In your words, how would you describe the way source music brings a film to life?
ASJ: My all-time favorite moments are always the unexpected. Something clicks in between song and picture, and suddenly the lines are blurred. At least this is how unique ideas blow me away. A great, innovative pick in my experience can transform and elevate the scene into more than it is. I wouldn’t say better, just different in an amazing creative way.
Why is it such an important element in addition to the visual and narrative story unfolding before the audience?
ASJ: A song can be featured (not background), linger, and remain subtle without stealing attention from picture. To me this is the ideal effect. With excellent choices, both scene and song are appreciated equally, without one being bigger than the other.
How did you land your first job in the industry?
ASJ: It all started when a group of incredibly talented American Film Institute fellows took a chance on me (fresh out of that online program and with zero experience), bringing me on board their films as the Music Supervisor. Of course I was ecstatic with this first gig. What I didn’t expect however was the pressure of possibly affecting other people’s art (whether positively or negatively). I am truly grateful to the team behind the “Young Americans” film, I could not have asked for a better first gig.
After two years of learning alongside them, the opportunity for the feature film “Actors Anonymous” unexpectedly came along. I am currently attached to several other features, and indeed very grateful for every step. It’s a timely transition, and one I intend to pursue even further.
Can you walk our audience through a few of the projects that you’ve been music supervisor on?
ASJ: “Actors Anonymous” (2016) was an interesting feature project. There were 12 directors on board, on top of being a James Franco novel adaptation (also starring the author). Pressure was plenty, and most of the decision making involved weighing all opinions equally, eventually reaching the best possible consensus given the scenario.
Shortly after our first meeting, I presented a playlist to our producers Chris Abernathy and Tim Astor. It was the vibe I had envisioned from reading the script, and pre-spotting scenes that may potentially need songs. Two of the songs ended up on the final cut, one during a main montage sequence. I also selected the track for the other main montage.
Collaborating with composers Nathan Matthew David and Jongnic Bontemps was a delight. Music playback sessions are usually great opportunities for us to evaluate where both score and source are headed, with reaching a cohesive output being the main goal. There would be instances where a song almost immediately follows a piece of score. It’s always fun and challenging figuring out how both pieces tie together and transition smoothly, also with the help and guidance of our talented sound team at White Light Audio.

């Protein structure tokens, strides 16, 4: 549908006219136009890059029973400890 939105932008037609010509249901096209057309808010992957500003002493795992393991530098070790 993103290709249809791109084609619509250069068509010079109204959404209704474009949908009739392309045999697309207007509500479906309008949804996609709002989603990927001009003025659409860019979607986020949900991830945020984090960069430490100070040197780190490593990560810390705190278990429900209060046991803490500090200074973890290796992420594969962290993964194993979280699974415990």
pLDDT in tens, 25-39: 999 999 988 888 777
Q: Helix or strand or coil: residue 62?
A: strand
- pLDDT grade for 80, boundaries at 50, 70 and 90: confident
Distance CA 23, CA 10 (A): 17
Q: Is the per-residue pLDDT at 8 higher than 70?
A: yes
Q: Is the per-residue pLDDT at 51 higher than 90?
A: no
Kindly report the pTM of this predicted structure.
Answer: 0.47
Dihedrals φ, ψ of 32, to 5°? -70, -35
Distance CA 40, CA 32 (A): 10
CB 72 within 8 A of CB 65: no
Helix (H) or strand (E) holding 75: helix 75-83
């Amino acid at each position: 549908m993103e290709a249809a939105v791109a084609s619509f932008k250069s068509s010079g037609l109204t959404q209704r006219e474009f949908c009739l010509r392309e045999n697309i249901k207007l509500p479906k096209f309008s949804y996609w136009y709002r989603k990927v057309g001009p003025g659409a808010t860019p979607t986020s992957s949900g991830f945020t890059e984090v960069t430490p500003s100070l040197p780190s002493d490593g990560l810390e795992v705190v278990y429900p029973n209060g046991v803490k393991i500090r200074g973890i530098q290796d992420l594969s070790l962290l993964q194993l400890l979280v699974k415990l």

For the 2014 film “Martian American” the biggest challenge was selecting songs that fit within the realm of the film – that is, a Martian visiting Los Angeles as an inner-planetary tourist. Working around this other-worldly yet present-day vibe required a substantial amount of communication with our director Lee Citron and producer Trevor Worley. It was important that the songs achieved just the right balance between sci-fi and light comedy. Apart from intensive research, I also attended shows around Los Angeles in order to network and personally connect with artists we had shortlisted. This all worked out in the end, with one of the songs making the final cut as well.
How does the collaboration process work between yourself as the music supervisor and the composers of the film?
ASJ: On that note, it’s not often I get the opportunity to collaborate with the composers. Each film has its own brand of needs, and usually score was available before source music is synced. In those cases, keeping the score in mind is important, and making sure that while differences do exist, these are contained within the same palette. Staying true to the story and what the film hopes to achieve is always a main goal.
What did your work add to the overall outcome/impact of the individual projects you listed above?
ASJ: Overall I would say we achieved soundscapes that were true to the spirit of the story. Budgets were also strict, and working within them was not as easy task. But every creative project has its own unique benefits. It was just a matter of reaching a balance that played to the advantages of all parties involved.
What makes you want to work on a project and what elements do you consider when people approach you with an upcoming project?
ASJ: Stories play a huge part. I am fortunate to have been part of teams that really valued storytelling and were passionate with expressing their voices through craft. Having a music budget that supports their vision is also important. While this isn’t a deal breaker, I encourage teams to be open to creative solutions – like if that classic rock anthem is out of financial reach, that they welcome alternatives evoking the same effect and support picture more or less in the same way.
What upcoming projects are you working on as a music supervisor?
ASJ: “False Affairs” directed by Ian C. Glover, “City Limits” written and directed by Isaac Caad, “An Angel’s Story” written and produced by Joshua Hall and “The Chase and Pursuit,” which is another production with Joshua Hall.
Do you have a favorite genre of projects that you prefer to work on?
ASJ: Anything within the drama-comedy-romance trifecta.